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Top U.S. general says Syrian bombs fell very close to U.S. forces

August 30, 2016 (Photo Credit: Staff Sgt. Larry E. Reid Jr./Air Force)
Syrian warplanes were dropping bombs just “several hundred meters” away from U.S. Special Forces troops operating alongside Kurdish troops on Aug. 18, a top U.S. general said Tuesday. 

Army Gen. Joseph Votel, head of U.S. Central Command, spoke publicly for the first time about the unprecedented incident that sparked a standoff between the U.S. and Syrian air forces. 

“I think [the Syrian bombs] were several hundred meters away from areas in which we were, close enough to be concerned but it wasn't an immediate direct threat,” Votel told reporters at the Pentagon Tuesday. 

The Aug. 18 incident was the first time the Syrian Air Force threatened the roughly 300 U.S. troops who are operating on the ground in Syria.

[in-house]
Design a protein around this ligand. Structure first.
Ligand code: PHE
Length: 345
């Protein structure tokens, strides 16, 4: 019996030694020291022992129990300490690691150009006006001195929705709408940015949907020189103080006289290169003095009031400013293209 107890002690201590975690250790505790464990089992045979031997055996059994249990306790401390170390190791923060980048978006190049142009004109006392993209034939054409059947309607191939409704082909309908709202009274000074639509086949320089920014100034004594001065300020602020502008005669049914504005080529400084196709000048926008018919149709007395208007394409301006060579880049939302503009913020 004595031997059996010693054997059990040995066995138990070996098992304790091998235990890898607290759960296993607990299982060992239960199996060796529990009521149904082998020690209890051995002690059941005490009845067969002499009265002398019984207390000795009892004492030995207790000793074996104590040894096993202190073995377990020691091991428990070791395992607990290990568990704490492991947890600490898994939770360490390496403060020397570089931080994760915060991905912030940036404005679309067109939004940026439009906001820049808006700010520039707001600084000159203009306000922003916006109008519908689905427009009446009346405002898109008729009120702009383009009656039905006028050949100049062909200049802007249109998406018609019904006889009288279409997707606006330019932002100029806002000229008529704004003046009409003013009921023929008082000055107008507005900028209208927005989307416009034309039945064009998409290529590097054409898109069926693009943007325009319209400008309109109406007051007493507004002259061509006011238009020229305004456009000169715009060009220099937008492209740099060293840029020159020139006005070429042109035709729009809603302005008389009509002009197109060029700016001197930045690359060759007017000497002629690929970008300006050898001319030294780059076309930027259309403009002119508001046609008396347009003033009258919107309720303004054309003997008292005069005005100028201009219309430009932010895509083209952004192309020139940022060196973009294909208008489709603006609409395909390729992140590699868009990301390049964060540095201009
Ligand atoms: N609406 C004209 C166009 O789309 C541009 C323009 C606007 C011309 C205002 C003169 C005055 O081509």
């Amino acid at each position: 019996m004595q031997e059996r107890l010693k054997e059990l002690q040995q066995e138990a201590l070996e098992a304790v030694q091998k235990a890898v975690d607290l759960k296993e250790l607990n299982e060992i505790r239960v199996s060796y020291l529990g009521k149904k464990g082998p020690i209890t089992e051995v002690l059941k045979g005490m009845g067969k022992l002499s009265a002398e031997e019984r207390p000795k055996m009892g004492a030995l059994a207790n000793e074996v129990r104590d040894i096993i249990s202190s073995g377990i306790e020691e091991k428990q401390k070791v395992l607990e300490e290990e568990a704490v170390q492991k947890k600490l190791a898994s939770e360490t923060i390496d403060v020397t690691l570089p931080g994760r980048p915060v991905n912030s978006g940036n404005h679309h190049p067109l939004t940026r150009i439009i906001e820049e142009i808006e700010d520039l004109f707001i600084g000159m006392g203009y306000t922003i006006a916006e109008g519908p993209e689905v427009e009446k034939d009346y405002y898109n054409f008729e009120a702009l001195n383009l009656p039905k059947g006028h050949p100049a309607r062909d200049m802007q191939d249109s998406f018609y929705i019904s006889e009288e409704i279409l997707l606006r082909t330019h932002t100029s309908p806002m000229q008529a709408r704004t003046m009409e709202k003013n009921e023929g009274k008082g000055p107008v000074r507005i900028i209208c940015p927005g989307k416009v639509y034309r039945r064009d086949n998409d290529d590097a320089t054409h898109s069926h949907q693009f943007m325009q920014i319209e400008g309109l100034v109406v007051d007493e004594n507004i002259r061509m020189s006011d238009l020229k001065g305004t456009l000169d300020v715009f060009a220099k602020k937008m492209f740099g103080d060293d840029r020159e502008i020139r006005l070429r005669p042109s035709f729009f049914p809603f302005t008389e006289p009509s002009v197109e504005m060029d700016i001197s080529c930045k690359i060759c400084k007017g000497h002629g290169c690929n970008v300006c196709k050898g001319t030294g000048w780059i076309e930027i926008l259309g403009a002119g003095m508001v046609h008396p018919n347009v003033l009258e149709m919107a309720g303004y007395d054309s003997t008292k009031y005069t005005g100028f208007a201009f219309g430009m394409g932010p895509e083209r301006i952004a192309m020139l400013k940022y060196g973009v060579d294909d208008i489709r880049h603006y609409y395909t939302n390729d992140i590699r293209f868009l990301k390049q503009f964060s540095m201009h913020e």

The incident prompted the U.S. to scramble fighter jets into the air over the town of Hasaka, but the Syrian Su-24s had departed the area before the U.S. aircraft arrived, defense officials said. On the following day, two U.S. F-22 aircraft intercepted Syrian Su-24 combat jets flying through the same area, defense officials said. 

The Syrian airstrikes failed to strike or injure any U.S. troops. But the incident was especially troubling because Syrian warplanes typically use so-called “dumb bombs” that lack the sensors for precision targeting. 

Votel said Tuesday he was unsure why the Syrian’s mounted the attack on the U.S. forces, who have been operating in that part of Syria for several months. U.S. military officials say the Syrians were aware that U.S. troops were operating in the area. 

“I'd just be speculating on what their motivations might be,” Votel said. 


The U.S. forces are advising Kurdish militants who are fighting Islamic State militants in Hasaka, a key transit point between Mosul and Raqqa, the two major cities of the Islamic State group's territory.   

The incidents with the Syrian aircraft prompted the Pentagon to issue a clear warning for Syrians and others to stay away from U.S. forces. 

"It’s not a no fly zone," Peter Cook, a Defense Department spokesman, told reporters on Aug. 22.  

"But," Cook added, "the Syrian regime would be wise to avoid areas where coalition forces have been operating. And we will continue defend them and, if need be, we will send aircraft again to defend our forces." 

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